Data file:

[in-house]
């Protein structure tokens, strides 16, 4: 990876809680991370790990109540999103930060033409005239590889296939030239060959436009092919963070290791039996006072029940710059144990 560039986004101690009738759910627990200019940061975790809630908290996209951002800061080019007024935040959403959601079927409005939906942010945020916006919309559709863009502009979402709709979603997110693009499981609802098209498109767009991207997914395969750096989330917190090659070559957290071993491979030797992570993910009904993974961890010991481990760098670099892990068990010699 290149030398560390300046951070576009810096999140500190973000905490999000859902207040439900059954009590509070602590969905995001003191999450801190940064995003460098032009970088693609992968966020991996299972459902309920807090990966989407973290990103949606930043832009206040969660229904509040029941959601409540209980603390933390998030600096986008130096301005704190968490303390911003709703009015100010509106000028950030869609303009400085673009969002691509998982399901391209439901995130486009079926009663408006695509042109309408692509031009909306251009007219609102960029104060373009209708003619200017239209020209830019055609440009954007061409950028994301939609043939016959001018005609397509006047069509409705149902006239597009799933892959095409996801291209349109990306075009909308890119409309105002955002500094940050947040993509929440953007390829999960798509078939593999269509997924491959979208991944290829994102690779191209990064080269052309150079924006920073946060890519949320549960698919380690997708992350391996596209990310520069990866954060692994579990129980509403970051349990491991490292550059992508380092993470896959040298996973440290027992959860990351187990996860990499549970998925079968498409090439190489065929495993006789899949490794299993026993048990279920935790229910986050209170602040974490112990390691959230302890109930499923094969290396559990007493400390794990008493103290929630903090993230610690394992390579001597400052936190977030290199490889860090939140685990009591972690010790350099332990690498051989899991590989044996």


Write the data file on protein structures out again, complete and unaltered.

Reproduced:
[in-house]
């Protein structure tokens, strides 16, 4: 990876809680991370790990109540999103930060033409005239590889296939030239060959436009092919963070290791039996006072029940710059144990 560039986004101690009738759910627990200019940061975790809630908290996209951002800061080019007024935040959403959601079927409005939906942010945020916006919309559709863009502009979402709709979603997110693009499981609802098209498109767009991207997914395969750096989330917190090659070559957290071993491979030797992570993910009904993974961890010991481990760098670099892990068990010699 290149030398560390300046951070576009810096999140500190973000905490999000859902207040439900059954009590509070602590969905995001003191999450801190940064995003460098032009970088693609992968966020991996299972459902309920807090990966989407973290990103949606930043832009206040969660229904509040029941959601409540209980603390933390998030600096986008130096301005704190968490303390911003709703009015100010509106000028950030869609303009400085673009969002691509998982399901391209439901995130486009079926009663408006695509042109309408692509031009909306251009007219609102960029104060373009209708003619200017239209020209830019055609440009954007061409950028994301939609043939016959001018005609397509006047069509409705149902006239597009799933892959095409996801291209349109990306075009909308890119409309105002955002500094940050947040993509929440953007390829999960798509078939593999269509997924491959979208991944290829994102690779191209990064080269052309150079924006920073946060890519949320549960698919380690997708992350391996596209990310520069990866954060692994579990129980509403970051349990491991490292550059992508380092993470896959040298996973440290027992959860990351187990996860990499549970998925079968498409090439190489065929495993006789899949490794299993026993048990279920935790229910986050209170602040974490112990390691959230302890109930499923094969290396559990007493400390794990008493103290929630903090993230610690394992390579001597400052936190977030290199490889860090939140685990009591972690010790350099332990690498051989899991590989044996």